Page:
The first resurgence came in May in Portugal, where BA.5 propelled a wave that hit almost 30,000 cases a day at the beginning of June. That wave has since started to subside, however.

READ ALSO: KEY POINTS: German Health Ministry lays out autumn Covid plan

Italy recorded more than 62,700 cases on Tuesday, nearly doubling the number from the previous week, the health ministry said. 

Germany meanwhile reported more than 122,000 cases on Tuesday. 

France recorded over 95,000 cases on Tuesday, its highest daily number since late April, representing a 45-percent increase in just a week.

Austria this Wednesday recorded more than 10,000 for the first time since April.

READ ALSO: Italy’s transport mask rule extended to September as Covid rate rises

Cases have also surged in Britain, where there has been a seven-fold increase in Omicron reinfection, according to the Office for National Statistics (ONS).

The ONS blamed the rise on the BA.4 and BA.5 variants, but also said Covid fell to the sixth most common cause of death in May, accounting for 3.3 percent of all deaths in England and Wales.

BA.5 ‘taking over’

Mircea Sofonea, an epidemiologist at the University of Montpellier, said Covid’s European summer wave could be explained by two factors.

READ ALSO: 11,000 new cases: Will Austria reintroduce restrictions as infection numbers rise?

One is declining immunity, because “the protection conferred by an infection or a vaccine dose decreases in time,” he told AFP.

The other came down to the new subvariants BA.4 and particularly BA.5, which are spreading more quickly because they appear to be both more contagious and better able to escape immunity.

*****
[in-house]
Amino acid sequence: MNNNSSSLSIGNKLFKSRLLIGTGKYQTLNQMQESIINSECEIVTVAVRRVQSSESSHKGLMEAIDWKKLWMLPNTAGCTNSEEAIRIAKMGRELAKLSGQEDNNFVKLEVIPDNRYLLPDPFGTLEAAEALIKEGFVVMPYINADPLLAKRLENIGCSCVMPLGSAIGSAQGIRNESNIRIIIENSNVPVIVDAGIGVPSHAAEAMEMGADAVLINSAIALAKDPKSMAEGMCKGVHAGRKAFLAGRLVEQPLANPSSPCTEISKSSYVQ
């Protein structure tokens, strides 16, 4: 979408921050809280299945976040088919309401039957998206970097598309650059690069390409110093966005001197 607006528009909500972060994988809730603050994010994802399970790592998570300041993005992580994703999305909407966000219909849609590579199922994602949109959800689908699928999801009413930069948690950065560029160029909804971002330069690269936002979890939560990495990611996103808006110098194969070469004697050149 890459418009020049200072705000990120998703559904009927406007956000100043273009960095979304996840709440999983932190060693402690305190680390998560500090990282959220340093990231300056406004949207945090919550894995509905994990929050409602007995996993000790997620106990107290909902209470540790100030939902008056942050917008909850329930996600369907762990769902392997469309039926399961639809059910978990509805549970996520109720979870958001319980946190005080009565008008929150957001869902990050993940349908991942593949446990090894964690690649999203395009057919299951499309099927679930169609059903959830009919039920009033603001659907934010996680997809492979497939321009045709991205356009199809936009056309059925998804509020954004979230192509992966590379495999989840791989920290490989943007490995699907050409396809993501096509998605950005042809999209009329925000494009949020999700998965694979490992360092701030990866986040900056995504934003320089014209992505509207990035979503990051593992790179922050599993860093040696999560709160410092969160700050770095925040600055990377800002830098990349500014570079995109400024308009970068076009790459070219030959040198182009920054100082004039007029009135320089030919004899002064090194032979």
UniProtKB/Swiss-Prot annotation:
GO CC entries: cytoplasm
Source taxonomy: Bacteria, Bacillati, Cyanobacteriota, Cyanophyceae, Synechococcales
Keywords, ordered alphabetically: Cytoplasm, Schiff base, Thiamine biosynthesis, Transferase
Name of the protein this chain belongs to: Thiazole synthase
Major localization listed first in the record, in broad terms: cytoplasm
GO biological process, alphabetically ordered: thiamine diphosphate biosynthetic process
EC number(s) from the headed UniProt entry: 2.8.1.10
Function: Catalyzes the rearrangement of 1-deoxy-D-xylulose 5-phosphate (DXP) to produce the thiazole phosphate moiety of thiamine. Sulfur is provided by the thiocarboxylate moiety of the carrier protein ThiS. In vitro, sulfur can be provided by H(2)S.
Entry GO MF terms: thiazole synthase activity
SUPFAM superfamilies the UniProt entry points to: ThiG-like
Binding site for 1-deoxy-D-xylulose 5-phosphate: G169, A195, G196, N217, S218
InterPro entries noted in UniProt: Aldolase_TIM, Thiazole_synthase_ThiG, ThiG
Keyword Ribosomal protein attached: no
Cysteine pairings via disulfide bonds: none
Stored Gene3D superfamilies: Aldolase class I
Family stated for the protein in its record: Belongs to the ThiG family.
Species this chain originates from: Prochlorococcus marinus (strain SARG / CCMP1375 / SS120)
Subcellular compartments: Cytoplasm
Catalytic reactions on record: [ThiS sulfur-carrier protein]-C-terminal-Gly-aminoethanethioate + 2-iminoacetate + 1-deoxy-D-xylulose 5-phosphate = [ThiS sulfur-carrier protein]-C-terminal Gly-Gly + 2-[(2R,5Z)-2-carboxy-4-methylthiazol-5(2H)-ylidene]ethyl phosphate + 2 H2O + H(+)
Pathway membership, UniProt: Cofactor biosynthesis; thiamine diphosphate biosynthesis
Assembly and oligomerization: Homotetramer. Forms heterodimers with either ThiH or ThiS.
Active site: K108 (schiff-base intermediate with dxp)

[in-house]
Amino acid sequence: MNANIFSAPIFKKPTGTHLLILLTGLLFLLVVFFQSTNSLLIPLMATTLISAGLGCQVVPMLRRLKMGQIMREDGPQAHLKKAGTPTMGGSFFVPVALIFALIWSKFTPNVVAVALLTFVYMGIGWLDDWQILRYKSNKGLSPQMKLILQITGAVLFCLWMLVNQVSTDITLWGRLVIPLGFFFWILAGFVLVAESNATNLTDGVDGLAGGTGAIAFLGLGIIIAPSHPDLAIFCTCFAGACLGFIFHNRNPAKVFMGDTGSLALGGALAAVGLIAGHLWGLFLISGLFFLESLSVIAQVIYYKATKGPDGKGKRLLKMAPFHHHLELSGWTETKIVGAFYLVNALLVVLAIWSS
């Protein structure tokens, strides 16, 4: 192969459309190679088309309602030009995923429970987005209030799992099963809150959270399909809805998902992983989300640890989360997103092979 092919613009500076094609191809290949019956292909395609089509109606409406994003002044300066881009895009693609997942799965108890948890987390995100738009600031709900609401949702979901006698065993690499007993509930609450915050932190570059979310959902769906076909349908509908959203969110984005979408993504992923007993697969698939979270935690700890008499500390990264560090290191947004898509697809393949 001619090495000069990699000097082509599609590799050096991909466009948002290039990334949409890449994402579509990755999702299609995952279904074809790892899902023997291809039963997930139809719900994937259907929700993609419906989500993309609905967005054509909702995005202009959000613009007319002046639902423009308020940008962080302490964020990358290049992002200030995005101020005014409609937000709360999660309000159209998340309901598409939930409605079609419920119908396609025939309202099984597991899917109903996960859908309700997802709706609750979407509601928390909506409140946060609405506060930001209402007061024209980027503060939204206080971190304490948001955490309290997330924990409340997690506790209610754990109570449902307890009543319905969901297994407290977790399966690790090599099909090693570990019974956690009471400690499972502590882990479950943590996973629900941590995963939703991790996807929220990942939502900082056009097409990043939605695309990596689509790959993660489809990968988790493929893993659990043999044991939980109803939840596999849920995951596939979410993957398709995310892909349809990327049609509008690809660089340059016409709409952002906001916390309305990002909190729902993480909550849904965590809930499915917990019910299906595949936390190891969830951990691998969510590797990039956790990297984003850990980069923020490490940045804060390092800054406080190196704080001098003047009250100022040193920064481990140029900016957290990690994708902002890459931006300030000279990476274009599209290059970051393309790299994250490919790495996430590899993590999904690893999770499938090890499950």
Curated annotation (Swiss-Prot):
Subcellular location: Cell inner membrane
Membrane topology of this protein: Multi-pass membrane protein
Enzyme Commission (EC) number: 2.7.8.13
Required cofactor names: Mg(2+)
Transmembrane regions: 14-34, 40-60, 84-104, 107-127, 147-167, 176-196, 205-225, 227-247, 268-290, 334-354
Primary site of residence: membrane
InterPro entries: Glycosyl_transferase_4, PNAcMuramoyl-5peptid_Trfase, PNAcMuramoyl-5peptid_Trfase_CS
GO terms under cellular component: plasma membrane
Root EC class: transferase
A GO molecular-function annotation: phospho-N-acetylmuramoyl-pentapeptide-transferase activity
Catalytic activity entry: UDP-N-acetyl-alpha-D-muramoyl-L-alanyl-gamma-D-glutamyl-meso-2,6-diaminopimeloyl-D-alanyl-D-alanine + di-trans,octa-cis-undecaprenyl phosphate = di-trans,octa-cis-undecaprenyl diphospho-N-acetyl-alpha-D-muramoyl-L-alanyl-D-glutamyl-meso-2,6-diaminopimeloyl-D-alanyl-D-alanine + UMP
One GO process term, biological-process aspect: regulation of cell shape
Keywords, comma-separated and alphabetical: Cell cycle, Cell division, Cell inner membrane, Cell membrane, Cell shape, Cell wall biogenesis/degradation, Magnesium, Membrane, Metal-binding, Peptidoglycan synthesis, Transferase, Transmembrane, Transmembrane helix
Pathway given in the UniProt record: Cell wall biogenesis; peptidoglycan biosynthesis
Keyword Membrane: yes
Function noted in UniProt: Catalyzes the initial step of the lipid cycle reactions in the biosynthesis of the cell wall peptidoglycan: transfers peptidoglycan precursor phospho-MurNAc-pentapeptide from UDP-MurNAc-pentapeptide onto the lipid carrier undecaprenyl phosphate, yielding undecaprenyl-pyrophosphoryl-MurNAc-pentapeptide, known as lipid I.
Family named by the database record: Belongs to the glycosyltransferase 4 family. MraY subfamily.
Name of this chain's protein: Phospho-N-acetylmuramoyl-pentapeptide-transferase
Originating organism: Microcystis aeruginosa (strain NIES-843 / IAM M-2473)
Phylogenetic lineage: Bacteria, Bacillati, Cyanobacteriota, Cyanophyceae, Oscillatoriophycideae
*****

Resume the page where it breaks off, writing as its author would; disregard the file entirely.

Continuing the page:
Olivier Schwartz, head of the virus and immunity unit at the Pasteur Institute in Paris, said BA.5 was “taking over” because it is 10 percent more contagious than BA.2.

“We are faced with a continuous evolution of the virus, which encounters people who already have antibodies — because they have been previously infected or vaccinated — and then must find a selective advantage to be able to sneak in,” he said.

READ ALSO: Tourists: What to do if you test positive for Covid in France

But are the new subvariants more severe?

“Based on limited data, there is no evidence of BA.4 and BA.5 being associated with increased infection severity compared to the circulating variants BA.1 and BA.2,” the European Centre for Disease Prevention and Control (ECDC) said last week.

But rising cases can result in increasing hospitalisations and deaths, the ECDC warned.

Could masks be making a comeback over summer? (Photo by OSCAR DEL POZO / AFP)

Alain Fischer, who coordinates France’s pandemic vaccine strategy, warned that the country’s hospitalisations had begun to rise, which would likely lead to more intensive care admissions and eventually more deaths.

However, in Germany, virologist Klaus Stohr told the ZDF channel that “nothing dramatic will happen in the intensive care units in hospitals”.

Return of the mask? 

The ECDC called on European countries to “remain vigilant” by maintaining testing and surveillance systems.

“It is expected that additional booster doses will be needed for those groups most at risk of severe disease, in anticipation of future waves,” it added.

Faced with rising cases, last week Italy’s government chose to extend a requirement to wear medical grade FFP2 masks on public transport until September 30.

“I want to continue to recommend protecting yourself by getting a second booster shot,” said Italy’s Health Minister Roberto Speranza, who recently tested positive for Covid.

READ ALSO: Spain to offer fourth Covid-19 vaccine dose to ‘entire population’

Fischer said France had “clearly insufficient vaccination rates” and that a second booster shot was needed.

Germany’s government is waiting on expert advice on June 30 to decide whether to reimpose mandatory mask-wearing rules indoors.

The chairman of the World Medical Association, German doctor Frank Ulrich Montgomery, has recommended a “toolbox” against the Covid wave that includes mask-wearing, vaccination and limiting the number of contacts.